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Money for health: the equivalent variation of cardiovascular diseases

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  • Wim Groot
  • Henriëtte Maassen van den Brink
  • Erik Plug

Abstract

This paper introduces a new method to calculate the extent to which individuals are willing to trade money for improvements in their health status. An individual welfare function of income (WFI) is applied to calculate the equivalent income variation of health impairments. We believe that this approach avoids various drawbacks of alternative willingness‐to‐pay methods. The WFI is used to calculate the equivalent variation of cardiovascular diseases. It is found that for a 25 year old male the equivalent variation of a heart disease ranges from €114 000 to €380 000 depending on the welfare level. This is about €10 000–€30 000 for an additional life year. The equivalent variation declines with age and is about the same for men and women. The estimates further vary by discount rate chosen. The estimates of the equivalent variation are generally higher than the money spent on most heart‐related medical interventions per QALY. The cost‐benefit analysis shows that for most interventions the value of the health benefits exceeds the costs. Heart transplants seem to be too costly and only beneficial if patients are young. Copyright © 2004 John Wiley & Sons, Ltd.

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  • Wim Groot & Henriëtte Maassen van den Brink & Erik Plug, 2004. "Money for health: the equivalent variation of cardiovascular diseases," Health Economics, John Wiley & Sons, Ltd., vol. 13(9), pages 859-872, September.
  • Handle: RePEc:wly:hlthec:v:13:y:2004:i:9:p:859-872
    DOI: 10.1002/hec.867
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    9. Kapteyn, Arie & Kleinjans, Kristin J. & van Soest, Arthur, 2009. "Intertemporal consumption with directly measured welfare functions and subjective expectations," Journal of Economic Behavior & Organization, Elsevier, pages 425-437.
    10. Nils Braakmann, 2009. "Other-regarding preferences, spousal disability and happiness: Evidence from German couples," Working Paper Series in Economics 130, University of Lüneburg, Institute of Economics.
    11. Sven Fuchs & Magdalena Thöni & Maria McAlpin & Urs Gruber & Michael Bründl, 2007. "Avalanche Hazard Mitigation Strategies Assessed by Cost Effectiveness Analyses and Cost Benefit Analyses—evidence from Davos, Switzerland," Natural Hazards: Journal of the International Society for the Prevention and Mitigation of Natural Hazards, Springer;International Society for the Prevention and Mitigation of Natural Hazards, vol. 41(1), pages 113-129, April.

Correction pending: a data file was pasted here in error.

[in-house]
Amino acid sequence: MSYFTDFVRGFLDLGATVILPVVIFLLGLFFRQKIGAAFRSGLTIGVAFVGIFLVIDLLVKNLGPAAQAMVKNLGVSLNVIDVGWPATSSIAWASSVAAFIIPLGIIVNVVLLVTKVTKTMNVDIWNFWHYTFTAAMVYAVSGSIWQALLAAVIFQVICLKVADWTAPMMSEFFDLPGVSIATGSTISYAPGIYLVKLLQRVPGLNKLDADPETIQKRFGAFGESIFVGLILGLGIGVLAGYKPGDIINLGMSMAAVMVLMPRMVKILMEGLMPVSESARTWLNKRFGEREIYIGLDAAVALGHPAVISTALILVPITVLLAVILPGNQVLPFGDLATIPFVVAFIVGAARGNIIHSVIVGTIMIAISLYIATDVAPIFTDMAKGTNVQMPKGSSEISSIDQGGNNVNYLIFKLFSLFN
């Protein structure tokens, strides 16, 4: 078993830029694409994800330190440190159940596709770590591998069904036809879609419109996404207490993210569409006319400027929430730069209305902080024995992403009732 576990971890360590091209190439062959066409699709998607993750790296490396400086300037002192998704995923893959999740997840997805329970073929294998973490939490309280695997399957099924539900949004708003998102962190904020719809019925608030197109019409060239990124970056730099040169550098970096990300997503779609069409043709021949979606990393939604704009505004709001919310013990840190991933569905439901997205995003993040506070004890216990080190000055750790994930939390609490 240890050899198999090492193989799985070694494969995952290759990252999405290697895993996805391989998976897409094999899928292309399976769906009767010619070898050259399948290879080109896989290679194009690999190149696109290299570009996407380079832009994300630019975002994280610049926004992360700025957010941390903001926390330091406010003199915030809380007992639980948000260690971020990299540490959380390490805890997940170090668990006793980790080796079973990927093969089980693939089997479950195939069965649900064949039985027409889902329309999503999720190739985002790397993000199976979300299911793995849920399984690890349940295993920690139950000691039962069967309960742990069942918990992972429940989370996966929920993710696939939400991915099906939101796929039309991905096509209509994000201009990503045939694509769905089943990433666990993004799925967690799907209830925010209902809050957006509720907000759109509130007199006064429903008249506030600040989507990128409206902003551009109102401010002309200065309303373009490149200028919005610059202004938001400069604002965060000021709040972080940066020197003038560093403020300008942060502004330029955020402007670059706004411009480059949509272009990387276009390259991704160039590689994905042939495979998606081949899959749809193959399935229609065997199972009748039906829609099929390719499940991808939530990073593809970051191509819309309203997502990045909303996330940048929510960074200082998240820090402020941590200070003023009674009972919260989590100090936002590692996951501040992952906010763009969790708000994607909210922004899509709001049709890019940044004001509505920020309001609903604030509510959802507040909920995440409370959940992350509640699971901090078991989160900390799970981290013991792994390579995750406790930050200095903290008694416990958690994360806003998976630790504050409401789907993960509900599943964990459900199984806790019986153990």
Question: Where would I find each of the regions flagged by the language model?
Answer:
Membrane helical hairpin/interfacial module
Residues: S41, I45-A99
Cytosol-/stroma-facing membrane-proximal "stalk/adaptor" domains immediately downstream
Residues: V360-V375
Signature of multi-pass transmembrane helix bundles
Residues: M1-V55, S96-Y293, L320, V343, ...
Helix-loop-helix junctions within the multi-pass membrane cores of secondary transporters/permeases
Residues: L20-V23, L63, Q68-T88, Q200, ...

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    13. Powdthavee, Nattavudh & van den Berg, Bernard, 2011. "Putting different price tags on the same health condition: Re-evaluating the well-being valuation approach," Journal of Health Economics, Elsevier, vol. 30(5), pages 1032-1043.
    14. Frijters, Paul & Johnston, David W. & Shields, Michael A., 2008. "Happiness Dynamics with Quarterly Life Event Data," IZA Discussion Papers 3604, Institute of Labor Economics (IZA).
    15. Wim Groot & Henriëtte Maassen van den Brink, 2006. "The compensating income variation of cardiovascular disease," Health Economics, John Wiley & Sons, Ltd., vol. 15(10), pages 1143-1148, October.
    16. Sebastian Galiani & Paul J. Gertler & Raimundo Undurraga, 2015. "The Half-Life of Happiness: Hedonic Adaptation in the Subjective Well-Being of Poor Slum Dwellers to a Large Improvement in Housing," NBER Working Papers 21098, National Bureau of Economic Research, Inc.
    17. Ólafsdóttir, Thorhildur & Ásgeirsdóttir, Tinna Laufey & Norton, Edward C., 2020. "Valuing pain using the subjective well-being method," Economics & Human Biology, Elsevier, vol. 37(C).
    18. FLEURBAEY, Marc & SCHOKKAERT, Erik, 2011. "Equity in health and health care," LIDAM Discussion Papers CORE 2011026, Université catholique de Louvain, Center for Operations Research and Econometrics (CORE).
    19. Danyliv, Andriy & Groot, Wim & Gryga, Irena & Pavlova, Milena, 2014. "Willingness and ability to pay for physician services in six Central and Eastern European countries," Health Policy, Elsevier, vol. 117(1), pages 72-82.
    20. Ada Ferrer-i-Carbonell, 2013. "Happiness economics," SERIEs: Journal of the Spanish Economic Association, Springer;Spanish Economic Association, vol. 4(1), pages 35-60, March.
    21. Shou-Lin Yang & Chiung-Ying Lee, 2015. "Analysis of the medical demands of elderly dementia patients considering the caregiver cost of medical accompaniment: an application of the travel cost method and altruistic utility function," Quality & Quantity: International Journal of Methodology, Springer, vol. 49(1), pages 423-439, January.
    22. Nils Braakmann, 2014. "The consequences of own and spousal disability on labor market outcomes and subjective well-being: evidence from Germany," Review of Economics of the Household, Springer, vol. 12(4), pages 717-736, December.
    23. Howley, Peter, 2017. "Less money or better health? Evaluating individual’s willingness to make trade-offs using life satisfaction data," Journal of Economic Behavior & Organization, Elsevier, vol. 135(C), pages 53-65.
    24. Ricardo Pagán-Rodríguez, 2010. "Onset of disability and life satisfaction: evidence from the German Socio-Economic Panel," The European Journal of Health Economics, Springer;Deutsche Gesellschaft für Gesundheitsökonomie (DGGÖ), vol. 11(5), pages 471-485, October.
    25. Howley, P., 2016. "Valuing the benefits from health care interventions using life satisfaction data," Health, Econometrics and Data Group (HEDG) Working Papers 16/01, HEDG, c/o Department of Economics, University of York.

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